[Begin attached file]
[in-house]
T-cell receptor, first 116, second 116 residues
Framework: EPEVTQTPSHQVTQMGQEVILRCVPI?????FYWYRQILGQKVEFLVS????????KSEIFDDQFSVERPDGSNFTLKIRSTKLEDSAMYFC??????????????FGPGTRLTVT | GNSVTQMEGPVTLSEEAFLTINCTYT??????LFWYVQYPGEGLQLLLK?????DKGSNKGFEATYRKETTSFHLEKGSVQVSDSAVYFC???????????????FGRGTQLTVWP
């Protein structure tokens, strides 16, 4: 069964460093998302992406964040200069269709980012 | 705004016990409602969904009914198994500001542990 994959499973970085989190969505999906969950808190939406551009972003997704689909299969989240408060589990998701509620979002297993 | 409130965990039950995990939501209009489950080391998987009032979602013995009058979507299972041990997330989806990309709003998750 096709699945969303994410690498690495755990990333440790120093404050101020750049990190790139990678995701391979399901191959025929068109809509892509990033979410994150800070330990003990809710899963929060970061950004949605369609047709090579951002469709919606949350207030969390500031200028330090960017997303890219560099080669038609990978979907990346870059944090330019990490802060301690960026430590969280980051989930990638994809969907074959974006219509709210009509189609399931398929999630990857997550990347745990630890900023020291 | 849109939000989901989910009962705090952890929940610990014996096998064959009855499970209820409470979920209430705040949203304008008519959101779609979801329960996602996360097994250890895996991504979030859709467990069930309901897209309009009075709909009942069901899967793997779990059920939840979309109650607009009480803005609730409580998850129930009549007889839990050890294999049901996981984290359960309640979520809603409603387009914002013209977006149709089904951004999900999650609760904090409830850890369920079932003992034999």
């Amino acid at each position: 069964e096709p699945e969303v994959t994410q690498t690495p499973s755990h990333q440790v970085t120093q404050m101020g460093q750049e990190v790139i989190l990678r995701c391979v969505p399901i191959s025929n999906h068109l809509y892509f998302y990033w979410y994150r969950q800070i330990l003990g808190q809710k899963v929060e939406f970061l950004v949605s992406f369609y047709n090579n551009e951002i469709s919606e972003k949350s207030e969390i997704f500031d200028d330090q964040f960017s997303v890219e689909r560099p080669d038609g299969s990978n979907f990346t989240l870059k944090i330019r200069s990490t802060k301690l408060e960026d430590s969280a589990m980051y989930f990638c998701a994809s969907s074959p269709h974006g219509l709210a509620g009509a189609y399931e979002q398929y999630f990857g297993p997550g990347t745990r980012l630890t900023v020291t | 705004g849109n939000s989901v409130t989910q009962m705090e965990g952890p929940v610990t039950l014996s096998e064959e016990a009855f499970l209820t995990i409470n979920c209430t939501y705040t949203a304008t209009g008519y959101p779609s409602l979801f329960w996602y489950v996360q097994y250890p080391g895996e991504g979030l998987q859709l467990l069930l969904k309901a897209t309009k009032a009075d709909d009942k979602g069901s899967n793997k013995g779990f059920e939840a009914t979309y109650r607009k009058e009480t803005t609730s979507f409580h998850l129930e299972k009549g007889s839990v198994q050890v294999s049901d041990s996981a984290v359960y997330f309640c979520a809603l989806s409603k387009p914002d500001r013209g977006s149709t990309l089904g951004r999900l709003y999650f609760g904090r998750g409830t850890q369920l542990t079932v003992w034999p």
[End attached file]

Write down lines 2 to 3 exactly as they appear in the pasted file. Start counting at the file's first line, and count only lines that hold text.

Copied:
T-cell receptor, first 116, second 116 residues
Framework: EPEVTQTPSHQVTQMGQEVILRCVPI?????FYWYRQILGQKVEFLVS????????KSEIFDDQFSVERPDGSNFTLKIRSTKLEDSAMYFC??????????????FGPGTRLTVT | GNSVTQMEGPVTLSEEAFLTINCTYT??????LFWYVQYPGEGLQLLLK?????DKGSNKGFEATYRKETTSFHLEKGSVQVSDSAVYFC???????????????FGRGTQLTVWP